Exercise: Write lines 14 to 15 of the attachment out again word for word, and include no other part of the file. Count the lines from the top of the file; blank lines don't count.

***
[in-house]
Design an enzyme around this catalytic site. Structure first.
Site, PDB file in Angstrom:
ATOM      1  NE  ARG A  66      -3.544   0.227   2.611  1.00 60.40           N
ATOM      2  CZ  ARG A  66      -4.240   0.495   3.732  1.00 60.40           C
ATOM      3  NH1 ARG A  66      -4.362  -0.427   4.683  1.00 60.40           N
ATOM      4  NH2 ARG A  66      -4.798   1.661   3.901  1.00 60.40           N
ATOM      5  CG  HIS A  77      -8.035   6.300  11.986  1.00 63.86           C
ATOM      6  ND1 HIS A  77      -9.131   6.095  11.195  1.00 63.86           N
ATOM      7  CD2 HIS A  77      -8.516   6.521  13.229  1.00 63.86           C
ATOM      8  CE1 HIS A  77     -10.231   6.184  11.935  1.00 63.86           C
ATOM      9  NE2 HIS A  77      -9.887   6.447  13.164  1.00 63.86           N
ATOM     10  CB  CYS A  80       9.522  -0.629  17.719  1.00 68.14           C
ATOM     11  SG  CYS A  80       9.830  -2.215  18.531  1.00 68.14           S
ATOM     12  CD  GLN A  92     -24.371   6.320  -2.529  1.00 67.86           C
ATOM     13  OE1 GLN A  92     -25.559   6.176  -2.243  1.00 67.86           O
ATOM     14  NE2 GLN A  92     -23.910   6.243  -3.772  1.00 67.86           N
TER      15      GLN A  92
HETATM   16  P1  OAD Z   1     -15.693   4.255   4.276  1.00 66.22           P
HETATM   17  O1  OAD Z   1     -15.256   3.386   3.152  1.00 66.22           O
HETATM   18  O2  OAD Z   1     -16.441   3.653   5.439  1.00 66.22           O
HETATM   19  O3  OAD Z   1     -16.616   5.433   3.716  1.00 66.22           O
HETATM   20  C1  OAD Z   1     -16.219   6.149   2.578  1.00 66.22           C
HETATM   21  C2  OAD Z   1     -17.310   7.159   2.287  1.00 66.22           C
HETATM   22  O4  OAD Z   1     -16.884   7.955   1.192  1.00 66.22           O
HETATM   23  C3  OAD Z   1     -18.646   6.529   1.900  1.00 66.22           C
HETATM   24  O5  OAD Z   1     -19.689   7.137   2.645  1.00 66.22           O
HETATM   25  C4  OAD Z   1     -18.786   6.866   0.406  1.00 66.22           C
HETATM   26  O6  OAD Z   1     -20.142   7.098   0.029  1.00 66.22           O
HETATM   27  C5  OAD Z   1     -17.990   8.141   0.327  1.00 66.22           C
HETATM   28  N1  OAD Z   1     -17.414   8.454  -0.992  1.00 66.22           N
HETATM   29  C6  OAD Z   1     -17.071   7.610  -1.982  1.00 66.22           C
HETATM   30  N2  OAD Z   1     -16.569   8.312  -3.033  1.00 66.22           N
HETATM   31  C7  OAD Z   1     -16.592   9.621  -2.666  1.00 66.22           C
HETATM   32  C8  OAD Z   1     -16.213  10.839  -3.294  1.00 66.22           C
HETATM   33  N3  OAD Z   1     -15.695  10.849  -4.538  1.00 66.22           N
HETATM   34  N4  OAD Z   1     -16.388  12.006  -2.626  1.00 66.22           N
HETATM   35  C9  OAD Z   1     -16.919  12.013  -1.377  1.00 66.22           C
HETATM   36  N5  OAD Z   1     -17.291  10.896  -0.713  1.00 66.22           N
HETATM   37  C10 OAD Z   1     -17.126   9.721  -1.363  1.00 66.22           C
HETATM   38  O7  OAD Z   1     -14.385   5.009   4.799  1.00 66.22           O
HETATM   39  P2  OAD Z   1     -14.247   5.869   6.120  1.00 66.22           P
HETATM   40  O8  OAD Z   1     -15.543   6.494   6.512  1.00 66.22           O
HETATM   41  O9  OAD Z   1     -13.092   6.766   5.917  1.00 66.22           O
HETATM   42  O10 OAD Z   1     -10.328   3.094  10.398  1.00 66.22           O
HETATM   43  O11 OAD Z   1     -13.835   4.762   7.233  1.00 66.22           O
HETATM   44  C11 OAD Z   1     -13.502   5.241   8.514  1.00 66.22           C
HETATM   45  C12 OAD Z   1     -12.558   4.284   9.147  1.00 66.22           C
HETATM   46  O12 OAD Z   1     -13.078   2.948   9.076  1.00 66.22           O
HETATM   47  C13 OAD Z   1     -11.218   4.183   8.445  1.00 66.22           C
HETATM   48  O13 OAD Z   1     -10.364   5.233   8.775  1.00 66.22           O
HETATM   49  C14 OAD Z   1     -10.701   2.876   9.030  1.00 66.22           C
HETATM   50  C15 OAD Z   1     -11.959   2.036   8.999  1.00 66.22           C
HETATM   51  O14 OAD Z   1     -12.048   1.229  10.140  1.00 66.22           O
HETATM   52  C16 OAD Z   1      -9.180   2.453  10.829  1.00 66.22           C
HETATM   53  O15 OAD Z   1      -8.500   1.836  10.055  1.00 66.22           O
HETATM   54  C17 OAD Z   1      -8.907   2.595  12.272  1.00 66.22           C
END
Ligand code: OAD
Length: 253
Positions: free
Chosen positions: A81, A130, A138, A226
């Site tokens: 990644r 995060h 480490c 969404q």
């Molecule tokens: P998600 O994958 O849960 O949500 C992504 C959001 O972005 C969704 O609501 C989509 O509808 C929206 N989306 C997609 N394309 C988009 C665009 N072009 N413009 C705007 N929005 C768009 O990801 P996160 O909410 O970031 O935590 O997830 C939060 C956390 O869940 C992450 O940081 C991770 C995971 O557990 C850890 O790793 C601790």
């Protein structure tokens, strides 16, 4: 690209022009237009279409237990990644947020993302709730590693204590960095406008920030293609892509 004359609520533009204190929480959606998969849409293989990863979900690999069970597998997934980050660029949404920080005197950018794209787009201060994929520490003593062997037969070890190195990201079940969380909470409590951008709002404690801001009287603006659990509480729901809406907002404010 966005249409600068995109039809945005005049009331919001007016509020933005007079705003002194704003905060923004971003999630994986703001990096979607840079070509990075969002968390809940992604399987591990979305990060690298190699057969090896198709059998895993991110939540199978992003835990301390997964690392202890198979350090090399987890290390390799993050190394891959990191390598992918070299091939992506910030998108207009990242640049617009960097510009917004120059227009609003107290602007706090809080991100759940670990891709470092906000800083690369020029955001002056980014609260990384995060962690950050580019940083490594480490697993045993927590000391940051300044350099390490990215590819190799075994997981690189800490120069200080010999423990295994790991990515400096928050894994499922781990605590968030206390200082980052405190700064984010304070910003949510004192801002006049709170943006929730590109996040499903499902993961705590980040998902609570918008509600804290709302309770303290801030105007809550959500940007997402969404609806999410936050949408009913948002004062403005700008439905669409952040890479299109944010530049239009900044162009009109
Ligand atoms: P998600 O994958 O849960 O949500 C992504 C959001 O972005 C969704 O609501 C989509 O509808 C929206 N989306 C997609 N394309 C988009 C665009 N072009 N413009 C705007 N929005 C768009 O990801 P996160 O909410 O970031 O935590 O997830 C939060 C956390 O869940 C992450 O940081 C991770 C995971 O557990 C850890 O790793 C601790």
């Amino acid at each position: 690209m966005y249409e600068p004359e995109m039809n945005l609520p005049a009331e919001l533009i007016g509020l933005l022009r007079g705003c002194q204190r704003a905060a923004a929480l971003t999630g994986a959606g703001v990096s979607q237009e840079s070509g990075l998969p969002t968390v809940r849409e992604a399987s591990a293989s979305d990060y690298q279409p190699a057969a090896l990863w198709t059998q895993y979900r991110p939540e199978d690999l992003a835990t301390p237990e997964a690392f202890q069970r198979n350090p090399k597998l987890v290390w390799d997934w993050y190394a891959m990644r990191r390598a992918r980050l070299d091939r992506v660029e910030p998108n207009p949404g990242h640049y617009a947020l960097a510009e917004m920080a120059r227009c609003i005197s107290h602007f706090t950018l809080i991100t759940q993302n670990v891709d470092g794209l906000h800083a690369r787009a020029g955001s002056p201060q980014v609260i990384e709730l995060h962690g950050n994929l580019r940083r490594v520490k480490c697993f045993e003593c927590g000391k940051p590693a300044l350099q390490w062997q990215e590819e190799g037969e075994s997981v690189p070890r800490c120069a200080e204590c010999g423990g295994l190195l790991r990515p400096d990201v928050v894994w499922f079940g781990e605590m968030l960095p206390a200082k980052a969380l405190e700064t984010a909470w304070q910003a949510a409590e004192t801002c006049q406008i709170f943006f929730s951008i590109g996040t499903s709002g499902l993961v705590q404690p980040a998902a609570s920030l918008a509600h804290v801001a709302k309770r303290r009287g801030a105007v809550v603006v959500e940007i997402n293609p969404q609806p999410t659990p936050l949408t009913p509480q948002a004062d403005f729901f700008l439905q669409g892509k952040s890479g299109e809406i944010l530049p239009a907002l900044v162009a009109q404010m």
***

ATOM     11  SG  CYS A  80       9.830  -2.215  18.531  1.00 68.14           S
ATOM     12  CD  GLN A  92     -24.371   6.320  -2.529  1.00 67.86           C